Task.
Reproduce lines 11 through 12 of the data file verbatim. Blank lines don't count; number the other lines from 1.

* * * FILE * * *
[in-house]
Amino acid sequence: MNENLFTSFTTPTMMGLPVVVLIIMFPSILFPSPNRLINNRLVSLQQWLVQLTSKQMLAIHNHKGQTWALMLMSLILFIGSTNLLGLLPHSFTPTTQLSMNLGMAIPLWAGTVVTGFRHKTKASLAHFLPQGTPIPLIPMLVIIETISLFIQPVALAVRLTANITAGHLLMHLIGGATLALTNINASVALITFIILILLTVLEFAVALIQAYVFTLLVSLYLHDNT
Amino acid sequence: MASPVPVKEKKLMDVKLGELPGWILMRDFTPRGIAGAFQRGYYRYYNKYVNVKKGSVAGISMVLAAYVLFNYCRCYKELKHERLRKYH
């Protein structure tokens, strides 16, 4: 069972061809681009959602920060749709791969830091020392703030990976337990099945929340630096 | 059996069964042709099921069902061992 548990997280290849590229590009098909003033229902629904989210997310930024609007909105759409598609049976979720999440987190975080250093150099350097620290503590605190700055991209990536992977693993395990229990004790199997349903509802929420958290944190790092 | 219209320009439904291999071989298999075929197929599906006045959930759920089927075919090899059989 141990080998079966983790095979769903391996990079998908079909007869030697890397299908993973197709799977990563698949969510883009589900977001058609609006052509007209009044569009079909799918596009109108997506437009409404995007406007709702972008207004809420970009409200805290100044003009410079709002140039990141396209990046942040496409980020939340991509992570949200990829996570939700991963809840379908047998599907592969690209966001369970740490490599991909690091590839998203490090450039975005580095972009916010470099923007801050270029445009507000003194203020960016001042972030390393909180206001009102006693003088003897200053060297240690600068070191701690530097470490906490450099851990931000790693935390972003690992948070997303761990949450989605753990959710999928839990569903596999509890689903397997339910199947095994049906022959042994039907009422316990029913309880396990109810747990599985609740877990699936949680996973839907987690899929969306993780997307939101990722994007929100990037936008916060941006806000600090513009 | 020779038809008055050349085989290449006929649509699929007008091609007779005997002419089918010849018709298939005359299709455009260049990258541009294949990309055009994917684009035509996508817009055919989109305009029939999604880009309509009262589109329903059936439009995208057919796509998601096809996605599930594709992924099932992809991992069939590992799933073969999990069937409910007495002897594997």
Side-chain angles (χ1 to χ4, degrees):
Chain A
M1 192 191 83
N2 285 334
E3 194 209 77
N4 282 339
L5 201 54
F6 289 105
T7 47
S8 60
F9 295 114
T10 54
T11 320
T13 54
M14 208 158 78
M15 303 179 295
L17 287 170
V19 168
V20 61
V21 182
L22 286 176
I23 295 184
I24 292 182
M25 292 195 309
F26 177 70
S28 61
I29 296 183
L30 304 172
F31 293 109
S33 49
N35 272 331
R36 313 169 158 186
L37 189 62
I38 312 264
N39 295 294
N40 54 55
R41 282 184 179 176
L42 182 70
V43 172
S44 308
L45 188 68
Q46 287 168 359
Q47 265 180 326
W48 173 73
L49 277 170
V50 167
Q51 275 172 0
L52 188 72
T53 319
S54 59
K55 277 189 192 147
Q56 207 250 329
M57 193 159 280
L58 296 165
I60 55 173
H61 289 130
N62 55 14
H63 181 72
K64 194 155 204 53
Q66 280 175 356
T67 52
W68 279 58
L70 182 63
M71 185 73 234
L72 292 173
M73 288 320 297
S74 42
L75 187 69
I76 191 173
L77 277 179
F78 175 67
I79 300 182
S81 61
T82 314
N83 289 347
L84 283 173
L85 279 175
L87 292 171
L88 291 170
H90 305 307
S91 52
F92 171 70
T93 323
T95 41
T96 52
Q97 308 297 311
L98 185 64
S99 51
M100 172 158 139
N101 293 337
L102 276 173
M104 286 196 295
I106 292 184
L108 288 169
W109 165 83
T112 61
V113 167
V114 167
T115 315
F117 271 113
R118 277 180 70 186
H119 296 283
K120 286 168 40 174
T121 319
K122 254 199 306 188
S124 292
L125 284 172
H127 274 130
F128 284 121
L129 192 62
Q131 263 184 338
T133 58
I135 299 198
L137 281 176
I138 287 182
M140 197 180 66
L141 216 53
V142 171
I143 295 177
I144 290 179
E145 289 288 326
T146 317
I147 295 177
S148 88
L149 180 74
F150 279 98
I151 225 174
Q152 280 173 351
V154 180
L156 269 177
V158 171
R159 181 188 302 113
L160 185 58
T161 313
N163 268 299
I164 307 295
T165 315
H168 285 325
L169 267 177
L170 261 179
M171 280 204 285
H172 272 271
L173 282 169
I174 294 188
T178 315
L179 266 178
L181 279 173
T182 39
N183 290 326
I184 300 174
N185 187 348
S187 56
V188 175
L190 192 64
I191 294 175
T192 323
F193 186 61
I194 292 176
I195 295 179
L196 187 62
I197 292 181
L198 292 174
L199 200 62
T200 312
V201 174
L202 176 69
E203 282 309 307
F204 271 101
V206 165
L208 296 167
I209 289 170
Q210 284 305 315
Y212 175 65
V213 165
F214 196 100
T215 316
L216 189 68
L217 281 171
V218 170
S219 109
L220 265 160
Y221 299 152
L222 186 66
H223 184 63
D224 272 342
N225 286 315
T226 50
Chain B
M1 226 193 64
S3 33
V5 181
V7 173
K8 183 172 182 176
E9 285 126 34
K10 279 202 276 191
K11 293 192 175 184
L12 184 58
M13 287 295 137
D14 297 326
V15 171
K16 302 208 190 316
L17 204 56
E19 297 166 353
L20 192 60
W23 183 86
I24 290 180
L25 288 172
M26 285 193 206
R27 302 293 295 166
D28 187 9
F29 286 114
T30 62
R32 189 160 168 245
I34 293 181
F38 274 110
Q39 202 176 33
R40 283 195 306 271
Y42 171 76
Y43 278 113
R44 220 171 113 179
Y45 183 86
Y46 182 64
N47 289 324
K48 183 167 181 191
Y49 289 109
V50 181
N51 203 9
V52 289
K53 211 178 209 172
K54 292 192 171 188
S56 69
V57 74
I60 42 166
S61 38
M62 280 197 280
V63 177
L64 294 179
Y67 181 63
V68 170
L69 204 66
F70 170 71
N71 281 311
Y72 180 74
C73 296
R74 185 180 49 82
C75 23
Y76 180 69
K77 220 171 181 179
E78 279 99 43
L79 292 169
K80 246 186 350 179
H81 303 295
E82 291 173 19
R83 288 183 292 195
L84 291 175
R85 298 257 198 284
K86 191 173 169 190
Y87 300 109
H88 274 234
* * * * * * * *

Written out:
L5 201 54
F6 289 105